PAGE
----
Bremo Slave Chapel

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Bremo Slave Chapel
Bremo slave chapel.jpg
Bremo Slave Chapel in January 2008
Bremo Slave Chapel is located in Virginia
Bremo Slave Chapel
Location Bremo Bluff, Virginia
Coordinates 37°43′1″N 78°17′51″W / 37.71694°N 78.29750°W / 37.71694; -78.29750Coordinates: 37°43′1″N 78°17′51″W / 37.71694°N 78.29750°W / 37.71694; -78.29750
Area 1 acre
Built 1835
Architect John Hartwell Cocke
Architectural style Gothic Revival
NRHP reference # 80004189
VLR # 032-0030
Significant dates
Added to NRHP March 17, 1980
Designated VLR December 18, 1979[1]

Bremo Slave Chapel, constructed in 1835 and located in Bremo Bluff, Virginia, United States, is the only slave chapel known to exist in the Commonwealth of Virginia. This Gothic Revival structure originally served as a place of worship for the slaves at the Bremo Plantation of General John Hartwell Cocke.[2] Cocke was deeply concerned with the religious and moral state of his slaves, which drove him to construct this chapel.[3]

The building was moved in the late 19th century from its original location on the plantation and is now used as the parish hall for the Grace Episcopal Church in Bremo Bluff.[4] Bremo Slave Chapel was listed on the Virginia Landmarks Register in December 1979 and the National Register of Historic Places in March 1980.[5]

History[edit]

Although John Hartwell Cocke owned slaves at Bremo Plantation, he was opposed to the institution in principle and believed it was his obligation as their master to instruct his slaves and eventually return them to the African continent. Cocke first constructed a brick structure on the plantation in 1825 for his slaves, who had been gathering for worship as early as 1821.[6]

In 1834, Cocke began constructing the schoolhouse-style building and hired a student from Princeton Theological Seminary to teach his slaves. However, the instructor left by September 1835 because of local public outcry against teaching slaves. Cocke had been publicly confronted and badly beaten that year for his efforts.[7] Teaching literacy to slaves was illegal at that time in the state.[2] Cocke later recruited young Presbyterian minister Courtland Van Rensselaer to minister to his slaves. Van Rensselaer dedicated the chapel on behalf of the slaves in November 1837.[7]

Post-abolition use[edit]

The chapel was no longer used for some time after the American Civil War.[2] John Hartwell Cocke died in 1866 and slavery had been abolished by the time the plantation was passed down to his surviving son Cary Charles Cocke.[6][8] In 1881, Cary Charles Cocke, William Cocke and Charles E. Cosby purchased land in Bremo Bluff that would become the present site of the chapel. By February 14, 1884, the building had been moved east from Chapel Field in Lower Bremo to the village center of Bremo Bluff, where it was consecrated as Grace Church by Episcopal Bishop Alfred M. Randolph.[9] Services were held at this location until a newer brick church was built in 1924 and the chapel was moved a short distance to the north, where it was severely damaged by a falling tree the following year. After substantial reconstruction, it has since been used as the parish hall.[2]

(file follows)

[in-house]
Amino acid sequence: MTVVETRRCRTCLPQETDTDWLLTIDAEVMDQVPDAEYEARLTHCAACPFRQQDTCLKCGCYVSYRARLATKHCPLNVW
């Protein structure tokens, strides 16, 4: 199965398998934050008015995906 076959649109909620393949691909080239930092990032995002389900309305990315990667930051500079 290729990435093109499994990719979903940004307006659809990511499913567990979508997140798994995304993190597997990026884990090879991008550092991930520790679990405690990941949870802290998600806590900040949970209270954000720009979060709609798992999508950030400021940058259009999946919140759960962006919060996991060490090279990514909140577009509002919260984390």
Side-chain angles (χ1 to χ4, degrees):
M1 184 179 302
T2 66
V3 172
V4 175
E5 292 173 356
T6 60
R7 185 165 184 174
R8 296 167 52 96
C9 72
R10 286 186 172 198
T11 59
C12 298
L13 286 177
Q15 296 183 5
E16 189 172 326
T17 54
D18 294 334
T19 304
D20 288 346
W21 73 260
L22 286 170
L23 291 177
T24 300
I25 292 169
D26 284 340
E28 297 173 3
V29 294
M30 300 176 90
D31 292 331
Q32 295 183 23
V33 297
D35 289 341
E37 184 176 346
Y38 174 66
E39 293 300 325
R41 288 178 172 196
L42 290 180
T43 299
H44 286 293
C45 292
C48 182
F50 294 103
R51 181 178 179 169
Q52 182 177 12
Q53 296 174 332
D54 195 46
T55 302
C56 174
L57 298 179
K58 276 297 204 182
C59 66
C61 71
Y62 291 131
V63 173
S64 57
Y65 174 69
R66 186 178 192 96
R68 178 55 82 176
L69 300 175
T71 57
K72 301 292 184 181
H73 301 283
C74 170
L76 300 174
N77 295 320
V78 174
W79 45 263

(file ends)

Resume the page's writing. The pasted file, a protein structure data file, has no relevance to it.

Architecture[edit]

The identity of the architect is uncertain, but is presumed by the Virginia Department of Historic Resources to be John Hartwell Cocke. The rectangular brick foundation is arranged in a stretcher bond. The building measures 24 feet 5 inches (7.44 m) by 43 feet 4 inches (13.21 m), and is covered by a simple gable roof with slate shingles and three chimneys.[9] The exterior walls utilize board and batten construction.[5] The main entrance on the east side features Gothic double doors; the chapel's sash windows are similarly arched. The interior includes an auditorium, a sanctuary, and a kitchen in the back. The building underwent significant modification during its move in the late 19th century and a vestry was added in the 20th century. Brick facing and steps with an iron railing were added to the front of the chapel in 1966.[9]

See also[edit]

References[edit]

  1. ^ "Virginia Landmarks Register". Virginia Department of Historic Resources. Retrieved 2013-03-12. 
  2. ^ a b c d Loth, Calder (1995). Virginia Landmarks of Black history. Charlottesville, Virginia; London: University of Virginia Press. pp. 42–43. Retrieved December 10, 2010. 
  3. ^ Lago, Enrico Dal (2005). Agrarian Elites: American Slaveholders and Southern Italian Landowners, 1815-1861. Baton Rouge, Louisiana: Louisiana State University Press. p. 164. Retrieved December 10, 2010. 
  4. ^ Chiat, Marilyn Joyce Segal (1997). "Bremo Slave Chapel". America's Religious Architecture: Sacred Places for Every Community. New York City: John Wiley & Sons: 237. Retrieved December 3, 2010. 
  5. ^ a b Loth, Calder (1999). "Fluvanna County". The Virginia Landmarks Register. Charlottesville, Virginia; London: University of Virginia Press: 172. Retrieved December 3, 2010. 
  6. ^ a b Savage, Beth L. (1994). African American Historic Places. New York City: John Wiley & Sons. pp. 500–501. Retrieved December 10, 2010. 
  7. ^ a b Cornelius, Janet Duitsman (1999). Slave Missions and the Black Church in the Antebellum South. Columbia, South Carolina: University of South Carolina Press. p. 71. Retrieved December 10, 2010. 
  8. ^ "Cocke, John Hartwell (1780-1866)". Special Collections Research Center. The College of William & Mary. November 5, 2009. Retrieved December 10, 2010. 
  9. ^ a b c Hill, Tucker Hill (December 18, 1979). "National register of Historic Places inventory – nomination form: Bremo Slave Chapel" (PDF). Virginia Department of Historic Resources. Retrieved December 10, 2010. 

External links[edit]